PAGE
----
The fishing lure of the present invention has two separate components: the weighted hook and the lure body. The fishing line is tied to the weighted hook. Different lure bodies can be affixed to the weighted hook to be fished. Referring to the exemplary embodiment shown in
I. Lure Body
The lure body, as more particularly shown in
Although shown having a bottom slit 20, the lure body can be constructed without a bottom slit 20. In this embodiment, the inner cavity 16 is sufficiently large to accommodate the weighted hook 14 into the inner cavity 16 through the top aperture 18 and allow the weighted hook 14 to be properly positioned for fishing. This embodiment is particularly useful with relatively large lures, such that the inner cavity 16 can allow the weighted hook 14 to be positioned for fishing.
The inner cavity 16 is configured to receive and to substantially enclose the weighted hook 14 during fishing. As such, the inner cavity 16 can be shaped and sized to correspond to the desired shape and sized of the weighted hook 14 to which it is to be matched while fishing.
An anchor post 22 extends across the lure body 12 in the head section 24, in a position forward (i.e., toward the head section and away from the tail section) of the top aperture 18. The anchor post 22 is shown in
The anchor post 22 can be constructed from metal, plastic, or any other material that can provide sufficient strength to help secure the weighted hook 14 within the inner cavity 16 of the lure body 12 while fishing.
The lure body 12 is generally shaped to resemble a bait fish or another type of bait configured to attract fish. In the embodiments shown in
The tail section 28 of lure body 12 can define a tail-fin 30 that adds more life-like movement to lure 10 while being fished. In the shown embodiments of
Generally, the lure body 12 can be made of any material suitable for being shaped into a lure body. The lure body 12 will typically be molded from soft, malleable plastic material as is commonly known in the art.
II. Weighted Hook
The weighted hook 14 generally includes a hook shaft 32 connected to a molded weight 34. In one particular embodiment, the molded weight 34 can be cast over the end of the hook shaft 32 (opposite the barb) to create a weighted hook 14 that is a single piece. However, the hook shaft 32 and the molded weight 34 can be connected in any suitable manner.
The molded weight 34 includes an anchoring arm 36 and an eyelet 38. The anchoring arm 36 is configured to interact with anchor post 22 of lure body 12 to help secure the lure body 12 on the weighed hook 14 while fishing. The anchoring arm 36 extends in a direction opposite the hook shaft. As such, the anchoring arm 36 is configured to extend into the head section 24 of the inner cavity 16 of the lure body 12.
The anchoring arm 36 will be positioned under the anchor post 22 when inserted properly into the inner cavity 16 of the lure body 12. Thus, any pressure applied to the weighted hook 14, through attachment of the fishing line 40 to the eyelet 38, during fishing can be efficiently transferred to the lure body 12 through the interaction between the anchoring arm 36 and the anchor post 22.
In one embodiment, the anchoring arm 36 is gradually curved upward to extend about the anchor post 22 of the lure body 12. This curved shape can help secure the anchoring arm 36 within the forward section of the inner cavity 16 and underneath the anchor post 22. Additionally, the amount of contact between the anchoring arm 36 and the anchor post 22 can be increased.
The eyelet 38 is configured to allow a fishing line 40 be attached to the weighted lure 14. The fishing line 40 can be connected to the eyelet 38 by any suitable connection (e.g., tied, crimped, etc.), as is known in the art. Although the eyelet 38 is shown as being a circular loop, the eyelet 38 can be any shape or size capable of holding the fishing line 40 to the eyelet 38.
The hook shaft 32 is shown having a single hook. However, other shapes and sizes of hooks can be used with lure 10, including double and treble hooks.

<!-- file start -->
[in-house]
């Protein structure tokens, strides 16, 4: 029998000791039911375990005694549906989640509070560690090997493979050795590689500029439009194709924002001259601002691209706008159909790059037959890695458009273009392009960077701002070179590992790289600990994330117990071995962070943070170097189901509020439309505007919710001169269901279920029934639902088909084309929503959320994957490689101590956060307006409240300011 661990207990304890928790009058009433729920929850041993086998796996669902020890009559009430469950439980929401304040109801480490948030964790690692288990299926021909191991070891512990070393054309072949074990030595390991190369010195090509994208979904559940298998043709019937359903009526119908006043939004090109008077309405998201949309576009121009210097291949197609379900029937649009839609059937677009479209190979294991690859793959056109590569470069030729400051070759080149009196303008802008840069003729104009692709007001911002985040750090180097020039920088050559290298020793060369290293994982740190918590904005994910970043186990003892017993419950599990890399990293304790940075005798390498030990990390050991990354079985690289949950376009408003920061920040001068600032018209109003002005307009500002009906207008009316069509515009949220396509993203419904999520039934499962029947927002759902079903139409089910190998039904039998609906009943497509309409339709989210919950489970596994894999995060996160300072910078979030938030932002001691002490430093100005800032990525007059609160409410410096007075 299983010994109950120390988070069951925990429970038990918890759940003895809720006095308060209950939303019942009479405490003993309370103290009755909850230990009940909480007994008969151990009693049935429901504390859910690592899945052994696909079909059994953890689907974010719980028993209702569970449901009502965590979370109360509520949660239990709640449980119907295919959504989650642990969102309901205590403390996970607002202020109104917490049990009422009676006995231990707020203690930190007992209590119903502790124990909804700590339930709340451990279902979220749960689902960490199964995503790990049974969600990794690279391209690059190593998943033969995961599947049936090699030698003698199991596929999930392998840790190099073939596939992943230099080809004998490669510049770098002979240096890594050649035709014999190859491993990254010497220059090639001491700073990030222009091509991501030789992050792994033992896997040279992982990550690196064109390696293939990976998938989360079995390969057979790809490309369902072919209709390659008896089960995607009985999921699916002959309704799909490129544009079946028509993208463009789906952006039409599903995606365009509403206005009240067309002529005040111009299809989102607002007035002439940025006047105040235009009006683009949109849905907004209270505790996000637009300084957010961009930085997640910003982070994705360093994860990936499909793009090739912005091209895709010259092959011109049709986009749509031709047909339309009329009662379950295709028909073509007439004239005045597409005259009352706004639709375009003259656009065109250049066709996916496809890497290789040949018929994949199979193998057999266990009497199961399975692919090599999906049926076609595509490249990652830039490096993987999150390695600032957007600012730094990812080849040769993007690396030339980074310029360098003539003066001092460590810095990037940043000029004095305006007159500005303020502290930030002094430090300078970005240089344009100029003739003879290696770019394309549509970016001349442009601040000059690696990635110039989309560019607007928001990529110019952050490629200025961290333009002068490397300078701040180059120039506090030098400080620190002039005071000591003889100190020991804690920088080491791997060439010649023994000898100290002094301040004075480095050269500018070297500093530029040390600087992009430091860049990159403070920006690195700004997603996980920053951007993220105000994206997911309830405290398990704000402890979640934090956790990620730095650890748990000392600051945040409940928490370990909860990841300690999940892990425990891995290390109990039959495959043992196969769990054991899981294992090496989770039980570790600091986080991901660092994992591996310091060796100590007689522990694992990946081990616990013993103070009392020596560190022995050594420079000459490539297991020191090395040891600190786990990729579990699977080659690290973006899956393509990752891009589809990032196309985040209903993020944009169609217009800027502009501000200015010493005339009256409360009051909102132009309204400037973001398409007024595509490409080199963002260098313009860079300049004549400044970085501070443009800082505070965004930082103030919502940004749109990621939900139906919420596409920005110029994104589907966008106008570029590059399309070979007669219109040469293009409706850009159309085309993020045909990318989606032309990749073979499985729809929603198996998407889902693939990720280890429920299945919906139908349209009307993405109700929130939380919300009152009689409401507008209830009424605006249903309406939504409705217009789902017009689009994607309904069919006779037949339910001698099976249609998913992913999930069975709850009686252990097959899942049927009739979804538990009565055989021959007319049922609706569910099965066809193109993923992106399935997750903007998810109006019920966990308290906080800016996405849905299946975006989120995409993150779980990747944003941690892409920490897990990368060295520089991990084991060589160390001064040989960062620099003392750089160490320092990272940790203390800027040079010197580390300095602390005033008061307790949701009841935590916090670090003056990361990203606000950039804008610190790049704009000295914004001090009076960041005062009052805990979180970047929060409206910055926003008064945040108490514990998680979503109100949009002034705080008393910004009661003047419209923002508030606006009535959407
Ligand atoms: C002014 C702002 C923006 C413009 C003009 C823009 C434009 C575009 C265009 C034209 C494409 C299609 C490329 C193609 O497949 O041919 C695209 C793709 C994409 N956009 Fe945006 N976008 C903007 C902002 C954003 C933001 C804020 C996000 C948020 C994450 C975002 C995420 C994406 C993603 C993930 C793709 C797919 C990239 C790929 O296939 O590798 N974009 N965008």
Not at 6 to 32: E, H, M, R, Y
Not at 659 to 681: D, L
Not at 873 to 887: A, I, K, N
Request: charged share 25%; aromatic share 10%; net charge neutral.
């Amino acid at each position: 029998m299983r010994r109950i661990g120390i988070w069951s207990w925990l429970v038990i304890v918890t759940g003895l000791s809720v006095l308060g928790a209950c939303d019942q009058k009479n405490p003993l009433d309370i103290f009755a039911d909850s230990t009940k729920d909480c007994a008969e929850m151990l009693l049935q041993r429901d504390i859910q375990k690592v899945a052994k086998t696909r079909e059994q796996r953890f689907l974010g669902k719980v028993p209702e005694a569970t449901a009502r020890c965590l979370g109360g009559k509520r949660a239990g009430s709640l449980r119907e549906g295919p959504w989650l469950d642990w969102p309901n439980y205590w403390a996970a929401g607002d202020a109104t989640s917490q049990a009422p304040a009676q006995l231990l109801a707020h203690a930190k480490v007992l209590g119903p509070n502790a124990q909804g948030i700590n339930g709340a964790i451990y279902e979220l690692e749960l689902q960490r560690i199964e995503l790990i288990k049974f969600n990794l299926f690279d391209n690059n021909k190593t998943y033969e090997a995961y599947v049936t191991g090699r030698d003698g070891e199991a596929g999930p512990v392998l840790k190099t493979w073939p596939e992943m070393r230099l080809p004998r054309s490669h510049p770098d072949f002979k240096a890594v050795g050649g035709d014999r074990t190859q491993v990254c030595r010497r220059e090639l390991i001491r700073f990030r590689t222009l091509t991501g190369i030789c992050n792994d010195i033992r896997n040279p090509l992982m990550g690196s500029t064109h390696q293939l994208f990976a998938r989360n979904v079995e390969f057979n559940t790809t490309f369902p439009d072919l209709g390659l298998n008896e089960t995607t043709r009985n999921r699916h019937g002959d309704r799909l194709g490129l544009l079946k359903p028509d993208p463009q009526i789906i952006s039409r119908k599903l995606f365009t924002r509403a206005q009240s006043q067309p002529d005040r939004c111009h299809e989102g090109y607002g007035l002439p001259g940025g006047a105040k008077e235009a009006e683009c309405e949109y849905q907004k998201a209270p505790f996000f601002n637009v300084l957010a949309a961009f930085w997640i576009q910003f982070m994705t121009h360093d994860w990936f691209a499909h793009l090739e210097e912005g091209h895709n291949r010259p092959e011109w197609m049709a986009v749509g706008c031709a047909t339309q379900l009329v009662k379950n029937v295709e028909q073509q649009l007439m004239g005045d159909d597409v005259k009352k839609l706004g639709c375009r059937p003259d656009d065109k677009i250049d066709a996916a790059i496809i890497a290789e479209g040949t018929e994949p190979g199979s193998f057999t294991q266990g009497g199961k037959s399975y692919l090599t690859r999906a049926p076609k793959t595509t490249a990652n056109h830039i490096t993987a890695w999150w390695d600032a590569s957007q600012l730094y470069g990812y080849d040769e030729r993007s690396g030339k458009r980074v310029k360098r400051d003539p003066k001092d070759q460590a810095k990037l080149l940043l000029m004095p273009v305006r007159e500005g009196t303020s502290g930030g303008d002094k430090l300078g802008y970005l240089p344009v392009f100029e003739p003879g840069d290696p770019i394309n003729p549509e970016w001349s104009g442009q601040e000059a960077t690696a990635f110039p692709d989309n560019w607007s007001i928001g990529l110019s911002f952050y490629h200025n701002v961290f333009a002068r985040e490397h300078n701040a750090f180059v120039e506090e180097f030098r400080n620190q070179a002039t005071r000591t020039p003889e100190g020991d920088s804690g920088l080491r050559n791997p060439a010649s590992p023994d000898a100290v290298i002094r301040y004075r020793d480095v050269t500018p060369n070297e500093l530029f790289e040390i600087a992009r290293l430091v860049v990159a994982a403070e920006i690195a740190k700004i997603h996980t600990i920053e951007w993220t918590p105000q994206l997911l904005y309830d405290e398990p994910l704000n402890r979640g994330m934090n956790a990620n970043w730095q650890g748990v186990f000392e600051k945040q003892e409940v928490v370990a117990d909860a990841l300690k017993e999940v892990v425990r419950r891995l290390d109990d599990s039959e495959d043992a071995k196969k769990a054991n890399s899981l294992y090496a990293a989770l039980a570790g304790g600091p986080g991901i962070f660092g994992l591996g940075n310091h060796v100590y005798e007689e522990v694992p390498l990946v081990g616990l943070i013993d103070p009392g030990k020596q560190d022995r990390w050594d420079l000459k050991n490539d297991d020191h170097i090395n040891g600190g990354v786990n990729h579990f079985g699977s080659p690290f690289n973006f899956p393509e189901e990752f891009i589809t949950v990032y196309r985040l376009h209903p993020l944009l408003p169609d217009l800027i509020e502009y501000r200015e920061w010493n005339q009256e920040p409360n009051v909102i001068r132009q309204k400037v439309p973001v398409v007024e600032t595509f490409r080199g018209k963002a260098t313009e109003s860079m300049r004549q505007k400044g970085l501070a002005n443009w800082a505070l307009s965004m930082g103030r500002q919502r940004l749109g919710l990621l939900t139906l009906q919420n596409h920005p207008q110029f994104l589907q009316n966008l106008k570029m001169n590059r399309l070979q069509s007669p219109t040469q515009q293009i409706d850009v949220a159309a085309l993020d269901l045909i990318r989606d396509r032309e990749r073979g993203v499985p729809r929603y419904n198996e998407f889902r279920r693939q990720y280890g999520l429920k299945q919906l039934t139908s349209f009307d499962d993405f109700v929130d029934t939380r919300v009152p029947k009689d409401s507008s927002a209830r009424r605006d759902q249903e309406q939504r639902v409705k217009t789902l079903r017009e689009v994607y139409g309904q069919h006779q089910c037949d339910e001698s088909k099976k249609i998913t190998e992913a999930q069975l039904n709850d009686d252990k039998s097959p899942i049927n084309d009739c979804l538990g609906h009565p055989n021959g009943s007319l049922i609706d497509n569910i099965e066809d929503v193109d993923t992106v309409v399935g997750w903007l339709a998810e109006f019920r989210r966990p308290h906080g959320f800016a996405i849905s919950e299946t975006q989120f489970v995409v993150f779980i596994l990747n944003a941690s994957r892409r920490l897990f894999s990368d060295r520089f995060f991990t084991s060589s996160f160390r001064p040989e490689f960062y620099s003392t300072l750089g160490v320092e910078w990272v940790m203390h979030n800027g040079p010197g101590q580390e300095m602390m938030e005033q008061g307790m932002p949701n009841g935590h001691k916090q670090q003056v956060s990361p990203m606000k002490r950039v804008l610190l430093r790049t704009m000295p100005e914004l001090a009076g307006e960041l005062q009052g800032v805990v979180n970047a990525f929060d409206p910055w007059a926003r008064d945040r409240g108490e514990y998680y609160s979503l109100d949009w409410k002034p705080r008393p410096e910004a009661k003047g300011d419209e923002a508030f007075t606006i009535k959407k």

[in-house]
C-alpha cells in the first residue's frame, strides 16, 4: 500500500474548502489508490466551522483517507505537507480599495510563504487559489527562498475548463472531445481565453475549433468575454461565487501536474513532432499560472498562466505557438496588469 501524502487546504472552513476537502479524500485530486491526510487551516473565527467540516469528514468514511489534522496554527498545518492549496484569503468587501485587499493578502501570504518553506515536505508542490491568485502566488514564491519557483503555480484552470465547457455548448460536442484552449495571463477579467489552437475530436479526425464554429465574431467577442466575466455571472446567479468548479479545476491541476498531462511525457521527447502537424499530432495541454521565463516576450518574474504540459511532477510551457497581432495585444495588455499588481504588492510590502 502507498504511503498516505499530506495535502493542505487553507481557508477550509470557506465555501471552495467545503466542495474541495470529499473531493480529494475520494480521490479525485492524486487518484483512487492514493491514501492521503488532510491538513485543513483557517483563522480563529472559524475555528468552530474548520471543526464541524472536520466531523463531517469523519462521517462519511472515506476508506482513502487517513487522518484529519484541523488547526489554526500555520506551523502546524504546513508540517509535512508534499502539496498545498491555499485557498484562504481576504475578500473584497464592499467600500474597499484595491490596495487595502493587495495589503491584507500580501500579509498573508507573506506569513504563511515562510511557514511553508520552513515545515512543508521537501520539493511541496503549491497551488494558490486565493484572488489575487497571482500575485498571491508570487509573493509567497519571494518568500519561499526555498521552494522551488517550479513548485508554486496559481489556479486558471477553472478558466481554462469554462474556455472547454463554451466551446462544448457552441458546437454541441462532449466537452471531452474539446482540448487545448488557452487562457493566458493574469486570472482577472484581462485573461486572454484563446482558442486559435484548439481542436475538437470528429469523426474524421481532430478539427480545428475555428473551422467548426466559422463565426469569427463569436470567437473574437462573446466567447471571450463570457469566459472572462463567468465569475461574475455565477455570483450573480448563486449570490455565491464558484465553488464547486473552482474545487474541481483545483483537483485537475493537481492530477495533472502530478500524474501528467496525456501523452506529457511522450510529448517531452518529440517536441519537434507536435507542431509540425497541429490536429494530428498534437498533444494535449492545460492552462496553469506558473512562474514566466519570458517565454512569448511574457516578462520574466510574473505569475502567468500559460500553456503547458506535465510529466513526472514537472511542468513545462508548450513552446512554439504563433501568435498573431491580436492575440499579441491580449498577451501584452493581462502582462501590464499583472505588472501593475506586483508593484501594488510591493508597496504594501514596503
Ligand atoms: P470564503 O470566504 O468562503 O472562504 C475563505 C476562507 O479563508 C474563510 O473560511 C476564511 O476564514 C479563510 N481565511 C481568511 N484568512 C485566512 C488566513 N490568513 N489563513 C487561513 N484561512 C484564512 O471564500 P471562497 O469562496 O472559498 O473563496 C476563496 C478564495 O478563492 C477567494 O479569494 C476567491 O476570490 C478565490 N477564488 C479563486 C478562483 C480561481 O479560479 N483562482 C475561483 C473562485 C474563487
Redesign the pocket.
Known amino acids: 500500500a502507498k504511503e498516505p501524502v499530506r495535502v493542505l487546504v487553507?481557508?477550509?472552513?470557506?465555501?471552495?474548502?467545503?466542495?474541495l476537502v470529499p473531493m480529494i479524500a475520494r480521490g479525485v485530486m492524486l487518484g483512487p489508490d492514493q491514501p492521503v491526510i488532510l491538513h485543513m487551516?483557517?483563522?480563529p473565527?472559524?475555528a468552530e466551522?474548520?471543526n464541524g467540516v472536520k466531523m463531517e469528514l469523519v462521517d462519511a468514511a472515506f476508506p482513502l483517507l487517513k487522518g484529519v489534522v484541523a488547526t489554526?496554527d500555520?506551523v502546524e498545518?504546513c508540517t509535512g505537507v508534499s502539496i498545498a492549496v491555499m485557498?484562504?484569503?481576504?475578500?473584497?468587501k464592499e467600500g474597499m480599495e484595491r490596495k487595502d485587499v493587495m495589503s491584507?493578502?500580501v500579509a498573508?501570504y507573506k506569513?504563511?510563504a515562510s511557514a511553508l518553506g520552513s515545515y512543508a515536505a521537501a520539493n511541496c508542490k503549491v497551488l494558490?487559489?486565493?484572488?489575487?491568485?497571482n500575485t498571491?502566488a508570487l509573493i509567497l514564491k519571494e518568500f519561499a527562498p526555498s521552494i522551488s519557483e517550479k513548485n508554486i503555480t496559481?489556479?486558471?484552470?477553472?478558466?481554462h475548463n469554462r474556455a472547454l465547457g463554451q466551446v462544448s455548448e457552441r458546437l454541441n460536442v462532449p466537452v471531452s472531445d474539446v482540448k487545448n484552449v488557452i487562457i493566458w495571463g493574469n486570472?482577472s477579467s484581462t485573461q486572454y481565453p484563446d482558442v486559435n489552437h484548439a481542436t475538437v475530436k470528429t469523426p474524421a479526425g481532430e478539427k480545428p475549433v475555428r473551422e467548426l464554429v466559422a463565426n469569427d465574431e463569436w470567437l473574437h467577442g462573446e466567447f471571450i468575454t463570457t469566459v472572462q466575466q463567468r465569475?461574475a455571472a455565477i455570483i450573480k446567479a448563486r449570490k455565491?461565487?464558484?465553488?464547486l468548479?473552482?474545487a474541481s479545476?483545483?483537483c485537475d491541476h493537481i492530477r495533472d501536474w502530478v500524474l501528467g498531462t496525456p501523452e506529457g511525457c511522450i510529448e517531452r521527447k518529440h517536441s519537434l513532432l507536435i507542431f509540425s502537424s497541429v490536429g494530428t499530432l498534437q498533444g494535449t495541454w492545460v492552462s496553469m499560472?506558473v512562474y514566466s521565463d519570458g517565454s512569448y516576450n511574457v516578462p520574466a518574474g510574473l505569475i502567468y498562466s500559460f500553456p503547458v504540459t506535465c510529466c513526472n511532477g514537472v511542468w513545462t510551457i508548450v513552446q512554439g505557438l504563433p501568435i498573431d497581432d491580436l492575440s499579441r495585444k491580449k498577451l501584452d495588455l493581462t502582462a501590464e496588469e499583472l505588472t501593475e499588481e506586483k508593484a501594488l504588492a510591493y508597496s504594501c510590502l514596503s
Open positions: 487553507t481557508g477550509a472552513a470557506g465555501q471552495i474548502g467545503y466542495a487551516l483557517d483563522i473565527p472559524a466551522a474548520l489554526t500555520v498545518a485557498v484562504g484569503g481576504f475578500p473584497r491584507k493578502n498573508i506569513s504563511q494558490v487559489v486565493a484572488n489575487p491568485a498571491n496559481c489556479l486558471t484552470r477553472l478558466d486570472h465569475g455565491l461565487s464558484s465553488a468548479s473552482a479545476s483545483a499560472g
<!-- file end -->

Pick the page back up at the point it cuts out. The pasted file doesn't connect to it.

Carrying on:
The position of molded weight 34 gives lure 10 a center of gravity towards the head section 24 of lure body 12. This forward positioning of the weight in the head section 24 creates a forward center of gravity that helps keep lure 10 submerged while being fished. However, another type of diving element, such as a diving plane, can be utilized with lure 10. For example, in other embodiments, lure 10 can dive below the surface of the water by attaching a diving plane the head section of the lure 12. Diving planes are well known in the art to be effective for keeping unweighted lures beneath the water's surface.
III. Method of Changing the Lure Body on the Weighted Hook
A fisherman can change the lure body 12 on the weighted hook 14 without having to cut and re-connect the fishing line 40 to the eyelet 38. Thus, the fisherman can avoid wasting valuable fishing time cutting and re-connecting a new lure every time it is desired to change the lure's appearance.
First, the weighted hook 14 is inserted through the top aperture 18 of the lure body 12 into the inner cavity 18. As shown in
The anchoring arm 36 of the molded weight 34 is then positioned underneath the anchor post 22 of the lure body 12, as shown in
Finally, the hook shaft 32 is secured through the inner cavity 16 and out the upper surface of the lure body 12, as shown in
Removing the lure body 12 from the weighted hook 14 without cutting the fishing line 40 simply involves reversing the above described procedure.
These and other modifications and variations to the present invention may be practiced by those of ordinary skill in the art, without departing from the spirit and scope of the present invention, which is more particularly set forth in the appended claims. In addition, it should be understood the aspects of the various embodiments may be interchanged both in whole or in part. Furthermore, those of ordinary skill in the art will appreciate that the foregoing description is by way of example only, and is not intended to limit the invention so further described in the appended claims.
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|Cooperative Classification||A01K85/00, A01K85/16|
|European Classification||A01K85/00, A01K85/16|
|Jun 3, 2008||AS||Assignment|
Owner name: NORMARK INNOVATIONS, INC., MINNESOTA
Free format text: ASSIGNMENT OF ASSIGNORS INTEREST;ASSIGNOR:GIBSON, STEPHEN;REEL/FRAME:021032/0608
Effective date: 20080516
|Jun 20, 2014||REMI||Maintenance fee reminder mailed|
|Nov 9, 2014||LAPS||Lapse for failure to pay maintenance fees|
|Dec 30, 2014||FP||Expired due to failure to pay maintenance fee|
Effective date: 20141109